We're used to seeing Bugatti making insanely powerful cars like the Veyron and the Chiron, but one little caveat is that these cars are mostly meant to do it in a straight line and for a relatively short duration. Tyres and fuel degrade in a matter of minutes when really pushing the envelope, which means owners have to pick and choose when they want to use their cars to the fullest potential. Some say that there is a room somewhere in Germany which monitors each Bugatti model worldwide by GPS, including telemetry, which is an added precaution when dealing with such a powerful car.
But Bugatti has just unveiled a different kind of vehicle at Monterey - it's the Divo, and it's "made for corners". Only 40 will be made, at 5 million Euros (RM 23,985,501), and all have already been accounted for within minutes of its unveiling. It's 35 kilograms lighter and produces 90 kilograms more downforce than the Chiron, with the same 1,500 PS turbocharged 8-litre W16 powertrain as the Chiron, albeit limited to a paltry 380 km/h.
Bugatti regards itself as a coachbuilder in a way, but with such low production volume there's no other way to define it. The Divo has a redesigned front end, optimized for engine cooling and aerodynamics, as well as providing additional brake ducting and more rear downforce with a redesigned rear wing. Total downforce stands at 456 kilograms at speed, with a new peak lateral grip of 1.6G. There's no longer a top speed mode, but realistically how often would you use it?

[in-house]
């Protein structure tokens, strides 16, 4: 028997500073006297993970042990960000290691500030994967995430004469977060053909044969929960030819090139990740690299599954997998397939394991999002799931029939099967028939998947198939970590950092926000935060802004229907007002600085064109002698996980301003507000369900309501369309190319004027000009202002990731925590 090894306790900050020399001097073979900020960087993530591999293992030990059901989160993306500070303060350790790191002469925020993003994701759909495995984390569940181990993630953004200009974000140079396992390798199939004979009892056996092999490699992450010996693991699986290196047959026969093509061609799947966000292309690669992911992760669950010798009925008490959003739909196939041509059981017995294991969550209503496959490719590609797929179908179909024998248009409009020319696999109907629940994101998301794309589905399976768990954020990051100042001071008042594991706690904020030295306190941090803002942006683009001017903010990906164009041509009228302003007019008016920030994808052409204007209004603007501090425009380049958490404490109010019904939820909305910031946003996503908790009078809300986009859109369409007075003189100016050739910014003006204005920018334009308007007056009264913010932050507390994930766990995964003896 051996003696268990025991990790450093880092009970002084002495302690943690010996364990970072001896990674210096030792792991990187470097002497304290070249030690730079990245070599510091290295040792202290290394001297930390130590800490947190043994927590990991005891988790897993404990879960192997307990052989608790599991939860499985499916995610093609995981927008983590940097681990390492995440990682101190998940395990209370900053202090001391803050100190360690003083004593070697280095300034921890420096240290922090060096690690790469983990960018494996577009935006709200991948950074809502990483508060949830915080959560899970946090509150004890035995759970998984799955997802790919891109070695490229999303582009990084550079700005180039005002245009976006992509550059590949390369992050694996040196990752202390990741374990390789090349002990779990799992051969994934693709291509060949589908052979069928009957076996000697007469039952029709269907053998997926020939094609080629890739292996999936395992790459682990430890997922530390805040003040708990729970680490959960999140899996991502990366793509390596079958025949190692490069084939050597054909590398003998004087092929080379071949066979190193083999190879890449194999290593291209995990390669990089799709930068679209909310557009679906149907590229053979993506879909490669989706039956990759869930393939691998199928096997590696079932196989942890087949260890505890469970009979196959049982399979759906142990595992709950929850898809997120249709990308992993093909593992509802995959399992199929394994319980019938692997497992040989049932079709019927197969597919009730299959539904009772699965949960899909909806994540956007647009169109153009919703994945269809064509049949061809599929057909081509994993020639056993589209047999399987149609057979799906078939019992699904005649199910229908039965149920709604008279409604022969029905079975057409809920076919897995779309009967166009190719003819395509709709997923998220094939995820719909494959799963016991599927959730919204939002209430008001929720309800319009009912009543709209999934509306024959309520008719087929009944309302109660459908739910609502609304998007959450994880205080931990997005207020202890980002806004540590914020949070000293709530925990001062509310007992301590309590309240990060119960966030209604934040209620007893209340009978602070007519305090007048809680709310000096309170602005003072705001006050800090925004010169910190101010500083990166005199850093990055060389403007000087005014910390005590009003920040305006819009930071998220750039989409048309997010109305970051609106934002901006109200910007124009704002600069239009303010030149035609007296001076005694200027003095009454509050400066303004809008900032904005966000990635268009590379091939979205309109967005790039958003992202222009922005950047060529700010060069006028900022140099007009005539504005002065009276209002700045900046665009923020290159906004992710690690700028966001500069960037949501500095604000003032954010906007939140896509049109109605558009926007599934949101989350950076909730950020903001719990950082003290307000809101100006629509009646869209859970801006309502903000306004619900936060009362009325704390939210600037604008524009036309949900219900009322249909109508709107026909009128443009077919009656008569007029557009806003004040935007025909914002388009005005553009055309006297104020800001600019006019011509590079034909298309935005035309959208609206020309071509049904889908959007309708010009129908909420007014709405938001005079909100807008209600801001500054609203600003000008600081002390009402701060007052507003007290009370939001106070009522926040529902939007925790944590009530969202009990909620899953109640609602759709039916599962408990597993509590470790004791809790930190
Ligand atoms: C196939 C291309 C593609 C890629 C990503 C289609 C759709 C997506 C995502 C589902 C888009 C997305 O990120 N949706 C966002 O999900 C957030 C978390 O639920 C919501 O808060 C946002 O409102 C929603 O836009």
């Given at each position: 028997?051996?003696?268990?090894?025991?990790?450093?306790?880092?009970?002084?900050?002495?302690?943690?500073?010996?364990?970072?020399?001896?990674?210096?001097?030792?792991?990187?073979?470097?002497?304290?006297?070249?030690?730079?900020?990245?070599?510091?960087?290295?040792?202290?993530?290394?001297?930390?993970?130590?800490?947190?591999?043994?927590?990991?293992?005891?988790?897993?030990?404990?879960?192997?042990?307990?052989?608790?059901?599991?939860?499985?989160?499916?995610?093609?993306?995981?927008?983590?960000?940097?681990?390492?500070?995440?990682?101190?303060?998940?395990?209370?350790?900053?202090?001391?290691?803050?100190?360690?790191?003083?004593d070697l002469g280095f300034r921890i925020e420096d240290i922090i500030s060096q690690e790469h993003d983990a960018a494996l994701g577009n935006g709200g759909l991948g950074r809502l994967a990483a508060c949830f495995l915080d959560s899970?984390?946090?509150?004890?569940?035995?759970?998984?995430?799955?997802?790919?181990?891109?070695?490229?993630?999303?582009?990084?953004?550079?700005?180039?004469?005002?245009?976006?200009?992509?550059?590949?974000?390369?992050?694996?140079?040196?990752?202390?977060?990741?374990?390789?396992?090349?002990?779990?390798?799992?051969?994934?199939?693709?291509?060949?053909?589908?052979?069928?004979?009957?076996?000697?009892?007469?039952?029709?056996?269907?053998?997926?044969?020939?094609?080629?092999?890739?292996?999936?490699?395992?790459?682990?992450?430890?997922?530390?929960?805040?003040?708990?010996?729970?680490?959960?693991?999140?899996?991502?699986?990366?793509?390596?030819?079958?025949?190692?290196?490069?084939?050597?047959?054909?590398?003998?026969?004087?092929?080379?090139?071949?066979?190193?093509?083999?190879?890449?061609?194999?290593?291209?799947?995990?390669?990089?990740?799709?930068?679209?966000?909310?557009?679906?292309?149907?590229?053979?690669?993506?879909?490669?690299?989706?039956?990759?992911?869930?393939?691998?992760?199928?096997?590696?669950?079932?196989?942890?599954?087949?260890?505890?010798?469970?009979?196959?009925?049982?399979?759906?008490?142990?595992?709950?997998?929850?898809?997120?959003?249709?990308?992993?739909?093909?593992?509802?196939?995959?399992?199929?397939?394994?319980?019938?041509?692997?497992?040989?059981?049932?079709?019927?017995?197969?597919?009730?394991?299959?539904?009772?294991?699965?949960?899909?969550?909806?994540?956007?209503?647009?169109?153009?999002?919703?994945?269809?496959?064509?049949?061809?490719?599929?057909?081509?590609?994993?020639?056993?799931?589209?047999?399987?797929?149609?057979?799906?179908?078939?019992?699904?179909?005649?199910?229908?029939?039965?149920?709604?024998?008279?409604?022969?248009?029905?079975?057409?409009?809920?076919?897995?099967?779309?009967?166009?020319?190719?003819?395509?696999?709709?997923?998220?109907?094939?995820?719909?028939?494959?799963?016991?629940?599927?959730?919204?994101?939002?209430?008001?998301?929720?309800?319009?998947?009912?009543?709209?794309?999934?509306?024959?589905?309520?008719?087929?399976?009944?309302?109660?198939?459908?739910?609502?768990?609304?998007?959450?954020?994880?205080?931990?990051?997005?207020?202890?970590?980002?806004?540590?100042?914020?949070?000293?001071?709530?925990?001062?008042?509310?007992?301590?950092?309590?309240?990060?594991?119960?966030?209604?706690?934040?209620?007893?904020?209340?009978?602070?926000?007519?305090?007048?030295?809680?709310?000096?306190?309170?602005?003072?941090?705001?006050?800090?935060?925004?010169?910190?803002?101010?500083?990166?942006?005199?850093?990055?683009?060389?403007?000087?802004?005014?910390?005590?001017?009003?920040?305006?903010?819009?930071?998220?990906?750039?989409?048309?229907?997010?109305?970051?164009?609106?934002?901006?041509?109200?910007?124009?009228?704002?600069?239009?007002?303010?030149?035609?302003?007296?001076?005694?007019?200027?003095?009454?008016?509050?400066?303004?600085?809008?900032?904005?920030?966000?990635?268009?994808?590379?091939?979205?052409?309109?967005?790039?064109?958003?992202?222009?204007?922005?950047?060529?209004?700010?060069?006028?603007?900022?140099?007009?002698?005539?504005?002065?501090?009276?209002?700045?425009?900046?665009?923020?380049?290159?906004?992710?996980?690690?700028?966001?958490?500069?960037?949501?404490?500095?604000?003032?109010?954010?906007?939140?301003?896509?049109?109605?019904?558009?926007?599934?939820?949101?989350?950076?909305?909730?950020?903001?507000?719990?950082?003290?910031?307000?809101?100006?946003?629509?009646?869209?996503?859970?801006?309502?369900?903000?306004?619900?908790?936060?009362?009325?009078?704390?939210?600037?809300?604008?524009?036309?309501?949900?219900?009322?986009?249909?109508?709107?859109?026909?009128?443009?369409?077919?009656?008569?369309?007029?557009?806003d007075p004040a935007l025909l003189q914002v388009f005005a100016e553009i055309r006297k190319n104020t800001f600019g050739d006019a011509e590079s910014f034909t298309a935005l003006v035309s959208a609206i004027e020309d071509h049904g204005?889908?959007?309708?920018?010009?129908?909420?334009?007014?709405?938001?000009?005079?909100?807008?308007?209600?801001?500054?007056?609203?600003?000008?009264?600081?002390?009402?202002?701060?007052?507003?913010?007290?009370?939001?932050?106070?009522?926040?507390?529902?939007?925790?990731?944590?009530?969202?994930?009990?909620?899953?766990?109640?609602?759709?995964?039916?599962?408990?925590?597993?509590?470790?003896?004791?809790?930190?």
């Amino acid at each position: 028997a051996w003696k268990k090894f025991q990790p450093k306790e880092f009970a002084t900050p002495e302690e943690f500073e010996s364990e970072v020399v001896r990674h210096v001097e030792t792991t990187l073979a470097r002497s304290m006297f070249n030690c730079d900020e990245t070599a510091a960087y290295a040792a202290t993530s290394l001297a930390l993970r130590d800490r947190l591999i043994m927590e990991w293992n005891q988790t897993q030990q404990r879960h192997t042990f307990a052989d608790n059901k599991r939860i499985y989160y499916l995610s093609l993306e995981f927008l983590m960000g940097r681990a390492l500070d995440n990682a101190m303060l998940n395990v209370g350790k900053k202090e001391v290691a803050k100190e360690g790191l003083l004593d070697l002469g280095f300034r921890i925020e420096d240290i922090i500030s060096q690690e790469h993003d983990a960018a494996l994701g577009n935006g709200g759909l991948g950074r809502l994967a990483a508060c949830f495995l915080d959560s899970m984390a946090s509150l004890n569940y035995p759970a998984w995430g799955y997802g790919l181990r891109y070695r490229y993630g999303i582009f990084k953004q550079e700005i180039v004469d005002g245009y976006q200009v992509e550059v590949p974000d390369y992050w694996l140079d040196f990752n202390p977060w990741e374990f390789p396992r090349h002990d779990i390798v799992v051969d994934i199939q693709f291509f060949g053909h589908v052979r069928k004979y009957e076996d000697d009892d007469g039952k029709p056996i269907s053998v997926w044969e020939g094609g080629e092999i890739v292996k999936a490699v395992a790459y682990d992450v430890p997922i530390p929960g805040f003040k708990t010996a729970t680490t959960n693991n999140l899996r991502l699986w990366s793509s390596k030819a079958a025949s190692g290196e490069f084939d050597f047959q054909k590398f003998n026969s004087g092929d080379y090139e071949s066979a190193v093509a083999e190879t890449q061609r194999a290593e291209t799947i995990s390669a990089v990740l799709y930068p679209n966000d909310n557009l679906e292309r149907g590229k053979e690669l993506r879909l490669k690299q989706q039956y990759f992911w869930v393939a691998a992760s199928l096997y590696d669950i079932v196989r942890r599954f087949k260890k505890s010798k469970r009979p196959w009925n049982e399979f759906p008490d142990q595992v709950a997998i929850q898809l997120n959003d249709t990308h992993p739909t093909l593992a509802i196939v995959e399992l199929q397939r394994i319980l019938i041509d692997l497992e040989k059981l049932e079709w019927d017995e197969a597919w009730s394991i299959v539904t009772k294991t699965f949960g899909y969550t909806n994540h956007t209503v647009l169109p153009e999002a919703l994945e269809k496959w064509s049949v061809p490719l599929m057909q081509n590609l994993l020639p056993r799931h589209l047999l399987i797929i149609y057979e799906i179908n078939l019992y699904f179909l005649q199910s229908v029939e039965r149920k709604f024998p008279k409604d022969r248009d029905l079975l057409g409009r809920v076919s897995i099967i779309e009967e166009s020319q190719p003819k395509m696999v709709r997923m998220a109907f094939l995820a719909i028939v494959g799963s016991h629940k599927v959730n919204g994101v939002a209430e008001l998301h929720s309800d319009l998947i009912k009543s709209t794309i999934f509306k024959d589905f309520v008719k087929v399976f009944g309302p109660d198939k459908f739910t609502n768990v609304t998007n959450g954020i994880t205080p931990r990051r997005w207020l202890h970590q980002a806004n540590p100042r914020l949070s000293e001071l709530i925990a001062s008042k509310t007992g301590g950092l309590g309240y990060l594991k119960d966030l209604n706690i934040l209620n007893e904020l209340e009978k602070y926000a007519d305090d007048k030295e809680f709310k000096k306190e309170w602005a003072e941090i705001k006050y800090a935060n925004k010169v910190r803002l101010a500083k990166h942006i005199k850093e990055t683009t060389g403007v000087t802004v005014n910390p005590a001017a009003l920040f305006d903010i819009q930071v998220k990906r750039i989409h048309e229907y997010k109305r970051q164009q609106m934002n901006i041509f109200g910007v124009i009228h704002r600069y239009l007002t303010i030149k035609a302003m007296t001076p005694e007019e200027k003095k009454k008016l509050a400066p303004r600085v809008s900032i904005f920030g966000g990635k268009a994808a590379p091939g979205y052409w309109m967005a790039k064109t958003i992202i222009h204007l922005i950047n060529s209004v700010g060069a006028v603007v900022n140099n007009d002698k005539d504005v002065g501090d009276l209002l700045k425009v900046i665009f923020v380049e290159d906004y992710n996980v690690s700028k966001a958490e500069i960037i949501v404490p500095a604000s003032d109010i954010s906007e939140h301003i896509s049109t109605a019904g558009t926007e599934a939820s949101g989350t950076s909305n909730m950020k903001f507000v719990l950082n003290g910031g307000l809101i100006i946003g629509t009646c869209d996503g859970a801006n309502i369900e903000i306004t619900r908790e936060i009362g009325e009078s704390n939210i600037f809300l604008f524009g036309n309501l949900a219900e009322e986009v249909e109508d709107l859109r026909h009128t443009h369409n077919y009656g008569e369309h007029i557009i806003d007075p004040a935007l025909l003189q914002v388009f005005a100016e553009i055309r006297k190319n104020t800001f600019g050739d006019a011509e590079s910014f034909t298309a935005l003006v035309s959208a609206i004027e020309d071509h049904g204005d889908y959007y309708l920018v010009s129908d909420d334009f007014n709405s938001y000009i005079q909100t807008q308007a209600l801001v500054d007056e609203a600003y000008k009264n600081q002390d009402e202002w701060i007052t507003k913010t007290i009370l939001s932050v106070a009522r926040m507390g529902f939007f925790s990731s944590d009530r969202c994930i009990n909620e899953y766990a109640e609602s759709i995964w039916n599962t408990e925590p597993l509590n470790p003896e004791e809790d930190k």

Where the Chiron and Veyron were high-speed cruisers, the Divo is agile and nippy with redesigned suspension and steering for better response and handling. It's sportier in all of its driving modes, and devoid of some of the creature comforts in an effort to shed weight and keep the car sharp. The result is a lap time that's 8 seconds quicker around the Nardo handling circuit, which is nothing to sniff at.
All in, it's a clever move by Bugatti to diversify their range of vehicles. A company can't exist functioning as a one trick pony these days, and while Bugatti is far from producing an SUV of sorts, this additional model gives way to an entirely different design direction. One can't say that they are losing their way with the Divo, because Bugatti is not necessarily defined by a singular model, and as evidenced by all 40 being sold out, the market is definitely receptive to a sportier Bugatti.